Papercrafting in Twenty: A Blinged-out Easter Egg!
We’re sharing ideas for papercrafting – create in 20 minutes or less!
Got 20 minutes?
Then you’ll soon be papercrafting!
We’re sharing project tutorials that enable you to create in just 20 minutes (or less!).
Each month (more often when possible) we’ll share ideas for papercrafting – starting with a look at our finished project and followed by step-by-step instructions so you can make them yourself!
What kinds of projects will we be sharing?
Papercrafting ideas galore including, but not limited to:
- Home Decor Projects
- Gift Ideas
- Mixed Media
- Art Journaling
- Paper Folding
- Paper Cutting
- Paper Sculpture
- Paper Making
- Book Binding
Grab your timer and join us!
Here’s our newest Papercrafting in Twenty project, a blinged-out Easter egg created in just under 20 minutes!
I created this fun Easter decor item with just a few supplies (from my stash!!!):
- Ball-Head Straight Pins (which were left over from a wedding I worked on)
- Sequins (the ones I had in my stash were Teresa Collins’ sequins)
- A Styrofoam Egg (Ok, this I bought, but these styrofoam eggs from FloraCraft are super inexpensive!)
Well what do you think?
Are you ready to give this quick and easy project a try?
You don’t have to create exactly as shown here – you could use different foam shapes, and/or different types or colors of sequins (or brads!).
Throwing a party for a ball team? How about using round foam balls and creating baseballs, basketballs or soccer balls?
What a great way to use up a stash of bling or brads!
And, you could use regular straight pins (as long as the pin head is larger than the hole in the sequins you’re using), or hot glue the sequins in place (you will see the white peek through the sequin hole though).
Our goal is to show you what we were able to create and inspire you to create it as well or, better yet, create your own version!
And then, of course, we want you to share yours with us!
Let’s look at how this project was created…
Step One: I started with one foam egg, 2.4 in. x 1.8 in. (the medium-sized egg in the variety pack shown above, appx. the same size as those in the package linked above), one pack of 100 ball-head straight pins and one pack of Teresa Collins sequins (as you can see, I only opened and poured out the coral and seafoam blue sequins; as you’ll see below, I only ended up using the blue seafoam sequins).
I decided the process would go quicker (for me) if I laid out the sequins for easier access and had the pin container (which I used to hold the pinned egg when I needed to check on my progress) wide open.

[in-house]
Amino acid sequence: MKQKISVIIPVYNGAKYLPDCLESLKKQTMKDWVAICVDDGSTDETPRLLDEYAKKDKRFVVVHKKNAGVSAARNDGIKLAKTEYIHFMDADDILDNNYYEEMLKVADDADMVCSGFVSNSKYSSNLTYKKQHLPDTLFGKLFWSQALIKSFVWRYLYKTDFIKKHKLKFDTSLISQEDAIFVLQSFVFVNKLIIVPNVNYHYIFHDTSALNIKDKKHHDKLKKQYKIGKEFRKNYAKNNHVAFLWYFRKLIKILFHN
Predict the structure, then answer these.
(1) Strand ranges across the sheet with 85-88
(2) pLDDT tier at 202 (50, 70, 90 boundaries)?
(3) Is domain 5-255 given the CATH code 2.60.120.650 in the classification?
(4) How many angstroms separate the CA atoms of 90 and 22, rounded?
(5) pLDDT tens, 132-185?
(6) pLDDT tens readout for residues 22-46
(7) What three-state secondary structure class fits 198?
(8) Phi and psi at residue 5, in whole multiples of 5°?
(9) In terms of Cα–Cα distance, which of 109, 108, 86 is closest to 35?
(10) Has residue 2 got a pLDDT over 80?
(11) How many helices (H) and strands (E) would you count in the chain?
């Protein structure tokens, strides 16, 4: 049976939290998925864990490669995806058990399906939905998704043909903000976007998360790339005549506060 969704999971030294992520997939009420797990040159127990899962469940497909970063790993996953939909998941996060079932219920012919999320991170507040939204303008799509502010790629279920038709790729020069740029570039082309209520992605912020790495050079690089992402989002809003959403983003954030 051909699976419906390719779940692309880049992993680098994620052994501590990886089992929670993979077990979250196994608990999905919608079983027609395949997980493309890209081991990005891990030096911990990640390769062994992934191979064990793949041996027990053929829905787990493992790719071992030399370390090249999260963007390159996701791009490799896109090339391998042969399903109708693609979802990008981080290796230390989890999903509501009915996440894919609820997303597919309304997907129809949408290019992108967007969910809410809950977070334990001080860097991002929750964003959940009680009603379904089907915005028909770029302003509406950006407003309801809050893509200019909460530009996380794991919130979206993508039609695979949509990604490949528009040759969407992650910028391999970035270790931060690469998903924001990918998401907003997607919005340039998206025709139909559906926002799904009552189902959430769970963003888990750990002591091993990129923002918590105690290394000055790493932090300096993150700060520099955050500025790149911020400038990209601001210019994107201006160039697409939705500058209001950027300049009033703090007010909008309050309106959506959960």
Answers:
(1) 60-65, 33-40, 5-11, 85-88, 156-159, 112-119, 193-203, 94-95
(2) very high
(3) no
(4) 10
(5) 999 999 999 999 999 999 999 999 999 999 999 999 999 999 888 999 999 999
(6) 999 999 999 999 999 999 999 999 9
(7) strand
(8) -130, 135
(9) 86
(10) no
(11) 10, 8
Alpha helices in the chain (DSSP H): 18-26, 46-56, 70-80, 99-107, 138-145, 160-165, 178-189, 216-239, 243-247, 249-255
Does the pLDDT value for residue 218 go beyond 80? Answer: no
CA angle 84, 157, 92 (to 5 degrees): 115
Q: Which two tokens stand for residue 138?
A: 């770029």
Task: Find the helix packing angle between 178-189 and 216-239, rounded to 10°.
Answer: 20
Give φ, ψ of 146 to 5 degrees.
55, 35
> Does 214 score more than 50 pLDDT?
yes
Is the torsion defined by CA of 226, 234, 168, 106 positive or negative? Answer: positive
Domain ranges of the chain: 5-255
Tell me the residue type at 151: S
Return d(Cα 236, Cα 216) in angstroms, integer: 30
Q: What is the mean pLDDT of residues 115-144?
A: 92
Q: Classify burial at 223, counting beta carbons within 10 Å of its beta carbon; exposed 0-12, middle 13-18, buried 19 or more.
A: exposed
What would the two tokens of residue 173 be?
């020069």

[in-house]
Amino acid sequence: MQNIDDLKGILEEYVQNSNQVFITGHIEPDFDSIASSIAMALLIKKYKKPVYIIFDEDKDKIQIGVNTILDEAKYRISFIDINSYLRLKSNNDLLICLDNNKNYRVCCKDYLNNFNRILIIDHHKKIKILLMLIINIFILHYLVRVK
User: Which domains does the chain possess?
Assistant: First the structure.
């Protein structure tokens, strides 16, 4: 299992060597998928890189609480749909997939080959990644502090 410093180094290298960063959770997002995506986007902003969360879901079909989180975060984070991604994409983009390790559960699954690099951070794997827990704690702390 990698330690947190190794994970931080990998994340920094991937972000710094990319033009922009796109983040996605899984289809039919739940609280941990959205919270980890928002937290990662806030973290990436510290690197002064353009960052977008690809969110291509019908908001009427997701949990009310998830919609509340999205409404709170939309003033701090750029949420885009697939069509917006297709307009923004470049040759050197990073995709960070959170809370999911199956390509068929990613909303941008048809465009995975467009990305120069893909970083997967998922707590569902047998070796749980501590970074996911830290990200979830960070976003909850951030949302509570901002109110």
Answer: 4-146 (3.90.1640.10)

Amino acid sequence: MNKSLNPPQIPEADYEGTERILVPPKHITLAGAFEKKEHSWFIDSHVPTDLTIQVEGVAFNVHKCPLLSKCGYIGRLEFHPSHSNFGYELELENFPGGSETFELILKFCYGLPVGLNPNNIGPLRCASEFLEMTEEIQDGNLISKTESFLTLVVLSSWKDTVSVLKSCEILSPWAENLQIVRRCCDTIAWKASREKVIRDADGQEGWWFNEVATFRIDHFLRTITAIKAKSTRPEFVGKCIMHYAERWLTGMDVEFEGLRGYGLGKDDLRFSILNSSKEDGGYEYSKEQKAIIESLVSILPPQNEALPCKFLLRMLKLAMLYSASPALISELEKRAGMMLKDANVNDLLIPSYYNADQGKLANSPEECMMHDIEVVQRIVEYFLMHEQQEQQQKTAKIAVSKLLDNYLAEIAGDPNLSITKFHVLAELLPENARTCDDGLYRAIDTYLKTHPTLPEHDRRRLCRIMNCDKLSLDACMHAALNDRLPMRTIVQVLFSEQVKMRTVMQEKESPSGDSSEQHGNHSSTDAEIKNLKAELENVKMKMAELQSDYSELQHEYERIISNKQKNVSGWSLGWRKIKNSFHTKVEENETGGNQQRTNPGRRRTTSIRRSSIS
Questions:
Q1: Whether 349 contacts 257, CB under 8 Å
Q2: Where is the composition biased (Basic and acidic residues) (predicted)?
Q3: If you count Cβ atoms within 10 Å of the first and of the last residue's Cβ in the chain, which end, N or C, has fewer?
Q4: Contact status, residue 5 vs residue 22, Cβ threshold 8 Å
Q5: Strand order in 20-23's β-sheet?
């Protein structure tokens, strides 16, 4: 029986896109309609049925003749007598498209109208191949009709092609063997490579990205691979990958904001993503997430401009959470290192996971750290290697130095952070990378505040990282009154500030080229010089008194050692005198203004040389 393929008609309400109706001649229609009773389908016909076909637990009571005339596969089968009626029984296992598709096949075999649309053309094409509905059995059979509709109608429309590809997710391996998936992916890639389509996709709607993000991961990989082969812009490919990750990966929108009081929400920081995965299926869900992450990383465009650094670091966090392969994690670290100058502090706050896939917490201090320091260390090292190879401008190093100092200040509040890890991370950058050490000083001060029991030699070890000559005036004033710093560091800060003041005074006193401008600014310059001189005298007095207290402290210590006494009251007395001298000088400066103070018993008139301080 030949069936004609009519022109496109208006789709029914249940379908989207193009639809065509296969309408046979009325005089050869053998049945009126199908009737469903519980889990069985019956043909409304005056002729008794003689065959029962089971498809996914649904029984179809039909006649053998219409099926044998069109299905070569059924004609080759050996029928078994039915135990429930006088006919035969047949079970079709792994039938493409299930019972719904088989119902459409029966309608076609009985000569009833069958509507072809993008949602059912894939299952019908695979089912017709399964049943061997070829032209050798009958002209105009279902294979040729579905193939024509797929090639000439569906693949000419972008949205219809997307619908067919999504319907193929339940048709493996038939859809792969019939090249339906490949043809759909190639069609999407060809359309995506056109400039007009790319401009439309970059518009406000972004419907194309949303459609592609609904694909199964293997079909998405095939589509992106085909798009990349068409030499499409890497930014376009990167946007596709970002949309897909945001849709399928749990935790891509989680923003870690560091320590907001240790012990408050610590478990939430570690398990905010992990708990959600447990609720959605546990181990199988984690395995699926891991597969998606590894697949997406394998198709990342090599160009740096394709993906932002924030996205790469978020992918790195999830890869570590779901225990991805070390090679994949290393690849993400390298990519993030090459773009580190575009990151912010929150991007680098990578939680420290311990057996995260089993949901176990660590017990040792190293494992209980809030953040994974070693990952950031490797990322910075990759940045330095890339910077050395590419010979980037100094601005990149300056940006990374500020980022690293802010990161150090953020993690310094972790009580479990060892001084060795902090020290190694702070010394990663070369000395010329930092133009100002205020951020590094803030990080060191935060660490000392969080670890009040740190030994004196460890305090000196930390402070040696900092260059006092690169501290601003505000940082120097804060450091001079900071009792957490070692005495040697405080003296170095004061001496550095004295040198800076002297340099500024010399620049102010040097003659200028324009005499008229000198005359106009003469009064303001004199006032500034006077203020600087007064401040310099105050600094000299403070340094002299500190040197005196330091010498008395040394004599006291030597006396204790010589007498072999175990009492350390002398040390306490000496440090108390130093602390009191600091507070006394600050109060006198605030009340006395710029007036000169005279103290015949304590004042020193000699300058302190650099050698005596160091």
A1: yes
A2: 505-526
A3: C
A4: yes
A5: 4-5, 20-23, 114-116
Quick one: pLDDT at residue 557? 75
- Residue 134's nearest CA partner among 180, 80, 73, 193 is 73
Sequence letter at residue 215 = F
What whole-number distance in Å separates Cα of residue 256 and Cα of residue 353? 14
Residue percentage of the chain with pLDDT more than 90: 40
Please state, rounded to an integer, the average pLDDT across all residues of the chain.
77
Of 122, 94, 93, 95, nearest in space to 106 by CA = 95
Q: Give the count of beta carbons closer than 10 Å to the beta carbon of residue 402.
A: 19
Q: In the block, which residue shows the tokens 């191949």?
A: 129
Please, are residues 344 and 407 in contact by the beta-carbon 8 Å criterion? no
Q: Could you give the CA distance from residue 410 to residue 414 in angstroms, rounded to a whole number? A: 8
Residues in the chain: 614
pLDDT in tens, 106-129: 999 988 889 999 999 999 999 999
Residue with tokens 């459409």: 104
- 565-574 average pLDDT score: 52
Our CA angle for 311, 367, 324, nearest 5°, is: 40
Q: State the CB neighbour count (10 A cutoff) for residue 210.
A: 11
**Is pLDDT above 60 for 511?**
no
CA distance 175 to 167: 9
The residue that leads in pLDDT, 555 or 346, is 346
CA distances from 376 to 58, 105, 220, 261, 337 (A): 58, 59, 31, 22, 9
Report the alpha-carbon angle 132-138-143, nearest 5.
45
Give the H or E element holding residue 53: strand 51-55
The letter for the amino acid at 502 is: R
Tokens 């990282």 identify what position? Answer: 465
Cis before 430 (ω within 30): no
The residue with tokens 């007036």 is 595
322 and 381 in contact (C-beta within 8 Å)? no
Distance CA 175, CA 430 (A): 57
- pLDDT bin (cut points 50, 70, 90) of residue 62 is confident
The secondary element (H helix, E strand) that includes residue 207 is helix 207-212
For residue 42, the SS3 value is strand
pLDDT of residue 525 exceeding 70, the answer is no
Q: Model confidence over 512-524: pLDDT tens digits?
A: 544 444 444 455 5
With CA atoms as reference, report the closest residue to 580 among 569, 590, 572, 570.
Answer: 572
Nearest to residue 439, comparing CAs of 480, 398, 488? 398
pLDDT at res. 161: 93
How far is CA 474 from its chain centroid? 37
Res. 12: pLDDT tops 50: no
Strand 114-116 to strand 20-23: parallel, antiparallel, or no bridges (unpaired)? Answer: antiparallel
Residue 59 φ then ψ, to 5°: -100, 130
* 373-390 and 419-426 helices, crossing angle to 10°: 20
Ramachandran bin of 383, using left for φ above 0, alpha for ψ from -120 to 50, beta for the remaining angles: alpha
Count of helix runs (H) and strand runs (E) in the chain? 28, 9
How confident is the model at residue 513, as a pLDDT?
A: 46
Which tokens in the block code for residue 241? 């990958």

I had originally planned to alternate the two colors of sequins you see above on one egg, adding one row of one color and the next row of another color, but decided after adding only a few of each color, that I didn’t like that look. I also tried alternating colors for every other placement, and that didn’t work for me either.
So, one color it was!
Now, you might prefer two (or more) colors on your egg and that’s perfectly o.k. – it’s YOUR project so create as you wish!
Step Two: I started at the top of the egg, centering the first sequin and adhering it to the foam egg with a pin, making sure to seat the pin all the way down so it’s bottom was flush with the sequin’s top.
I then placed the next sequin below the first one, with a slight overlap.
Next came sequin number three, which was placed to the right of sequin number two, with a slight overlap of the right side of sequin number two and an overlap of the bottom of sequin number one. I continued this process until all the sequins were placed (you can see the overlapping and pin placement above).
Note: As you add pins, the center of the egg will fill up with the pins – you’ll need to alter the direction in which you insert the pins so they slide in all the way. If a pin seems stuck before it’s fully seated, simply side the pin out and push it back in at a slight angle. I found this worked well and enabled me to easily cover the egg and properly seat all the pins.
Voila! The finished Sequined Egg!
Twenty Minutes, Really?
Now, you may be thinking this would take you more than 20 minutes to complete.
Nope, it was actually just under 20 minutes and on my first try!
We hope you’ll give this type of quick and easy crafting project a try and share your creation with us by linking to it in the comments.
Please share our newest offering, Papercrafting in Twenty, with your papercrafting buddies.
And finally, we’d love to hear from you – what do you want to learn about?
We can’t guarantee we’ll include everything suggested, but if it’s papercrafting-related, it’s likely we’ll be game!
Oh, and if you know of papercrafters (talented amateurs, or artists and designers) who might want to contribute to Papercrafting in Twenty, send them our way – we’d love to hear from them!
And, we’d love to interview them, to find out how THEY find time to create.
We’d sure love to hear their tips and tricks – you too?
See you next time!
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